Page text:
Students rejoice at the pump as their hard-earned dollar goes farther than it has in years, with gas prices settling under $2, a feat that most of us haven’t seen since we started driving.
While the price drop seems like a blessing, and it is for those of us penny-pinching, it is also a curse. With lower gas prices, it seems that America’s desire for alternative fuel sources is decreasing.
According to November auto sales data, the top selling automobiles were pickup trucks and SUV’s, with demand rising 9.6 percent.
Although the average mpg has been increasing, giving less credibility to the name “gas guzzlers”, these cars are still producing more carbon dioxide emissions than their gas/hybrid counterparts, whose sales were down in the same month.
While gas prices tend to fluctuate, Bloomberg BusinessWeek writer Isaac Arnsdorf believes they will stay low due to our changing oil import practices.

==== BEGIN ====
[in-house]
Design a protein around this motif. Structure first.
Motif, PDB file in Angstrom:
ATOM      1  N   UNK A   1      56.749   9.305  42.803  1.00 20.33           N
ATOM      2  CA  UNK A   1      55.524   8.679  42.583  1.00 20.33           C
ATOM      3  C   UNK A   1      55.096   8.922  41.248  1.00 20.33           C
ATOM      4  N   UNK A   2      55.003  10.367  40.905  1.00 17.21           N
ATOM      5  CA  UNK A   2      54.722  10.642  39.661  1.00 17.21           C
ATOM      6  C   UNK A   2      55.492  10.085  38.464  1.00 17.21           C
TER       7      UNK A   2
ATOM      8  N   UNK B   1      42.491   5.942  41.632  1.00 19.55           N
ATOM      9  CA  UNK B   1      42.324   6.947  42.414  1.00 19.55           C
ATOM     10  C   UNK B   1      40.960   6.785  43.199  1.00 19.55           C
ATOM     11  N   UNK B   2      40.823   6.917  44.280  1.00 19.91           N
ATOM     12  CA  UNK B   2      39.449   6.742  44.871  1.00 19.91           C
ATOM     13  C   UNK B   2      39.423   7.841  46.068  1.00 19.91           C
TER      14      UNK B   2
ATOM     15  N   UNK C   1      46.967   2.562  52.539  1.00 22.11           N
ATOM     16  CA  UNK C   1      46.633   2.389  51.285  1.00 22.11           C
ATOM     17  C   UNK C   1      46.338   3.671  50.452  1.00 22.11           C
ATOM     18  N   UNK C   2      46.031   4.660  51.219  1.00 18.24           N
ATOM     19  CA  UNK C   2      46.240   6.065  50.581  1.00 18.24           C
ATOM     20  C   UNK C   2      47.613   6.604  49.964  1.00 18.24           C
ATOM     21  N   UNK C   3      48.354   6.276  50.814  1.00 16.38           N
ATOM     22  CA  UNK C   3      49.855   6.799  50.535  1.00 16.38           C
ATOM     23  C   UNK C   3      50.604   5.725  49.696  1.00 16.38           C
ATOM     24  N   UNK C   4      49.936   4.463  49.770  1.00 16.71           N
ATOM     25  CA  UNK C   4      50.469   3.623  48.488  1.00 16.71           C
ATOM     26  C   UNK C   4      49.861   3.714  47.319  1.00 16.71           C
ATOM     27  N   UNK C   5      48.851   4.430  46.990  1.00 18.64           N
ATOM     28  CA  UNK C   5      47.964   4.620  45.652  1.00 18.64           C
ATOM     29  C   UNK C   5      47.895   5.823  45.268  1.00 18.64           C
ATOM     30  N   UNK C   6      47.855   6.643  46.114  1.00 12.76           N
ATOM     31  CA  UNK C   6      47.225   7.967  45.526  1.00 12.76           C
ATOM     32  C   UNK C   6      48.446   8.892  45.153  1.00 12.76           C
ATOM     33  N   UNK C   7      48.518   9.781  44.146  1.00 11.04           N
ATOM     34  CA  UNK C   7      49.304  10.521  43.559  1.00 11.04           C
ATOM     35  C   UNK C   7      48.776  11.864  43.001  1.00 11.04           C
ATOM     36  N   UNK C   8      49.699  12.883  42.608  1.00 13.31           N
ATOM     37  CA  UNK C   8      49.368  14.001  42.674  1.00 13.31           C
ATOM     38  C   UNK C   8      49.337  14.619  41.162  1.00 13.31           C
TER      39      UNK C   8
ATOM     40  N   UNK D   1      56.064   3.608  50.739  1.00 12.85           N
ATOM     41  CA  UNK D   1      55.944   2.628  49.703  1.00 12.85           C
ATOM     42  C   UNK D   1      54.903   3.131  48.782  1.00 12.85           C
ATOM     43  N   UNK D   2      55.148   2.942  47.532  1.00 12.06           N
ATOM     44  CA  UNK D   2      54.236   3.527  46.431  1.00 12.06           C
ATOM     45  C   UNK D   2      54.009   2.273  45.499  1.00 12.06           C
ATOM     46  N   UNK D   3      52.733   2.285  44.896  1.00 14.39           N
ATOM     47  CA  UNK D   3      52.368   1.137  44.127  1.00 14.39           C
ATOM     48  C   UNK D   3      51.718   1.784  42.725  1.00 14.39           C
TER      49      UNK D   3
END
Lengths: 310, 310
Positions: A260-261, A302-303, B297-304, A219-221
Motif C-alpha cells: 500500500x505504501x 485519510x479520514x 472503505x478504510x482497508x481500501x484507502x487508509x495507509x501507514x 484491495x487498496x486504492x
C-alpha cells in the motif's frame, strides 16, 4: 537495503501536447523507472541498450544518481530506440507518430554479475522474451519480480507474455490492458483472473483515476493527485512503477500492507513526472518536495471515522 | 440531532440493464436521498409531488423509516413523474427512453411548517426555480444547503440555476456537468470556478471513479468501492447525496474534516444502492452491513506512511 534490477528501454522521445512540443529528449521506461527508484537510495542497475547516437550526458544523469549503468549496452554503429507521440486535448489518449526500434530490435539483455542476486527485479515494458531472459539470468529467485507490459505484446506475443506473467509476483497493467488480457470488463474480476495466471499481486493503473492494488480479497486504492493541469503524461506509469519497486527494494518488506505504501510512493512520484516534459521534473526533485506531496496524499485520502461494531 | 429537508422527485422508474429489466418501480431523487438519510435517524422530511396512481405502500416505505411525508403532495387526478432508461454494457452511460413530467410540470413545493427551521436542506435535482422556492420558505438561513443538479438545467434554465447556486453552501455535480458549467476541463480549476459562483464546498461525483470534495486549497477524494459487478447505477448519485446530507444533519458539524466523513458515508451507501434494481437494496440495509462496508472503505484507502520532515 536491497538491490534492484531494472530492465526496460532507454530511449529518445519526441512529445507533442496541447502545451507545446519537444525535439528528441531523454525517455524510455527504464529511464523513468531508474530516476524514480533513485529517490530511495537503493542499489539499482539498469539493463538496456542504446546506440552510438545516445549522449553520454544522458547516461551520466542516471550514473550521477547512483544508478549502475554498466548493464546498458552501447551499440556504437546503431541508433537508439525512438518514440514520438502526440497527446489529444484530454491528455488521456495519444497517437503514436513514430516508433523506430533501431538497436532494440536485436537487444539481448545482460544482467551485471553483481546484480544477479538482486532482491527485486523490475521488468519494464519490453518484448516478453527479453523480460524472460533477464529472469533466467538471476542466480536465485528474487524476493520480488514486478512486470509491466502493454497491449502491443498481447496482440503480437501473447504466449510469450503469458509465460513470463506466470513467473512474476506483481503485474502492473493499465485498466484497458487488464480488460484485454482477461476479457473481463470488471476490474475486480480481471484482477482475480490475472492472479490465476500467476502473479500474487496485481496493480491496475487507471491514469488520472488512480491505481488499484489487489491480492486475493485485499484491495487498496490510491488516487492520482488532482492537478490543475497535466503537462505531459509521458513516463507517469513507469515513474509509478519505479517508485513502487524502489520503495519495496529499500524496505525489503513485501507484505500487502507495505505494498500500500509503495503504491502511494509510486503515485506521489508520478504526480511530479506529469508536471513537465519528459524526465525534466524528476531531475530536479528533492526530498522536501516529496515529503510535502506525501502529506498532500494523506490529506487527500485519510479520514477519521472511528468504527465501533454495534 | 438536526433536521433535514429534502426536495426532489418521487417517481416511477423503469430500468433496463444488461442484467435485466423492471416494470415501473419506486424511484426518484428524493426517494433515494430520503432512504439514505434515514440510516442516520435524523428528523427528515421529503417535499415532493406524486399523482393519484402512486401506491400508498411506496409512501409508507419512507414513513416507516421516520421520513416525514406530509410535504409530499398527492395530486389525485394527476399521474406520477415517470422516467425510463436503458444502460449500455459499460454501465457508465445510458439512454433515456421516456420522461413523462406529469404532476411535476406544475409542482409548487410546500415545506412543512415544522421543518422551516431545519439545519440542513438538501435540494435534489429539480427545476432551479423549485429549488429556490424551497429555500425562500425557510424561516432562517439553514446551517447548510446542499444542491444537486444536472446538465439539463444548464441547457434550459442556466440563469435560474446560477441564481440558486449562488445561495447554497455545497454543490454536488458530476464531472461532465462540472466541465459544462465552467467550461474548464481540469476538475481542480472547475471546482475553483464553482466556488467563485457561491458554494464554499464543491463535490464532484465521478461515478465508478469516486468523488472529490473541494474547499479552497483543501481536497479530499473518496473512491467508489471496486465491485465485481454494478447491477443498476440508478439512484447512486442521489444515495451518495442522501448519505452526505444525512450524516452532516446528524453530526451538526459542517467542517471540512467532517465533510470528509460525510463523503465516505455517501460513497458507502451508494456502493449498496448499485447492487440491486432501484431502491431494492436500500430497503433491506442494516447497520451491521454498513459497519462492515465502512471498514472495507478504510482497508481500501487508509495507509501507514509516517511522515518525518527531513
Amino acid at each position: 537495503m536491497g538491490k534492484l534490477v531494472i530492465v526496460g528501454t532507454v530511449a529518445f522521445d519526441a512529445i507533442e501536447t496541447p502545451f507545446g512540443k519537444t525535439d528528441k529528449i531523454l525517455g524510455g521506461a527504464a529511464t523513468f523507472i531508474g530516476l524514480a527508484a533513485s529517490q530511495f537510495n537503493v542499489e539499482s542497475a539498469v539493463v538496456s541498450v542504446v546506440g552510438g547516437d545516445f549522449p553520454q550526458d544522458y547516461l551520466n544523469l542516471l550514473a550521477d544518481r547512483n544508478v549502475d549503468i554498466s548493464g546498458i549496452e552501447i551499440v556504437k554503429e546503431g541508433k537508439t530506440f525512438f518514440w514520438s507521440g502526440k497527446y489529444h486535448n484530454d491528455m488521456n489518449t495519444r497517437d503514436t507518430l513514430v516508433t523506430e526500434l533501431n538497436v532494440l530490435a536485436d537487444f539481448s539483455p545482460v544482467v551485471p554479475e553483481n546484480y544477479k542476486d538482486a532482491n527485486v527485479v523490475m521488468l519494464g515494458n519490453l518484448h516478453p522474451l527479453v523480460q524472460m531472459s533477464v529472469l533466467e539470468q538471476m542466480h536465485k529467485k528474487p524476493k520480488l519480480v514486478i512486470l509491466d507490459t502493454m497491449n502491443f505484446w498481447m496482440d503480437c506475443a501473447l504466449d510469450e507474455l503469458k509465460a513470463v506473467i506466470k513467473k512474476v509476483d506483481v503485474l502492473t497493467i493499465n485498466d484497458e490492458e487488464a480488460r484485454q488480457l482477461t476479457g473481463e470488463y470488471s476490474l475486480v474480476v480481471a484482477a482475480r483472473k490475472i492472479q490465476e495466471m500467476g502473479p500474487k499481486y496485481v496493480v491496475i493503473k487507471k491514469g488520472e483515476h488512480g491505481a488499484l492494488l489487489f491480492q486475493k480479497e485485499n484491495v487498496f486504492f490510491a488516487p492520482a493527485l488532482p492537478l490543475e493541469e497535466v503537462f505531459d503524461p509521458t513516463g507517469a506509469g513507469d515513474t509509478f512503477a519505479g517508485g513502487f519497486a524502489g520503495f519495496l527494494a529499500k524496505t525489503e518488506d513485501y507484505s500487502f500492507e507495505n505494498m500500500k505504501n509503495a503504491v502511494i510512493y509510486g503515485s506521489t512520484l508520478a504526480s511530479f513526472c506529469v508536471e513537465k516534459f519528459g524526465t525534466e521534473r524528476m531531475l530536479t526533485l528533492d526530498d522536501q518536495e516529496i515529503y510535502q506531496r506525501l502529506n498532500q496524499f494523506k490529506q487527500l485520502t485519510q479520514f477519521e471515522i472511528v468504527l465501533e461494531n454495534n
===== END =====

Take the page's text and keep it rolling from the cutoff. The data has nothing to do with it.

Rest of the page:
He says that the demand of oil is the same as it was in 2009, when the consumer was buying less because of the recession. We are also importing far less oil than we used to, most of it coming from the refineries on the gulf coast, along with fracking in other rural areas.
These practices, while great for our wallets, are horrible for our environment. Without the motivation of saving money, the inspiration to find alternative energy is growing weaker.
Green energy, however, spans farther than filling up the tank, and those trends are independent of gas prices.
While crude oil is used mainly for transportation, home heating comes from coal, natural gas, and nuclear power, which are still being replaced with green technology, especially with wind turbines.
According to the financial times, electricity is no longer substantially run with oil, but instead with green energy, which could even compete with $30 a barrel crude oil.
No matter the gas prices, the influence of other alternative energy sources will continue to hold importance to the American people and their investors.
Global investments in clean energy, according to the financial times, have climbed from $60 billion in 2004 to about $251 billion in 2013, and have continually growing at a steady rate.
While prices at the pump may change through time, green energy does not only include oil, but also electricity and heating, where we are making huge strides to make green energy the norm.
So relax, the green energy agenda is still moving along just fine.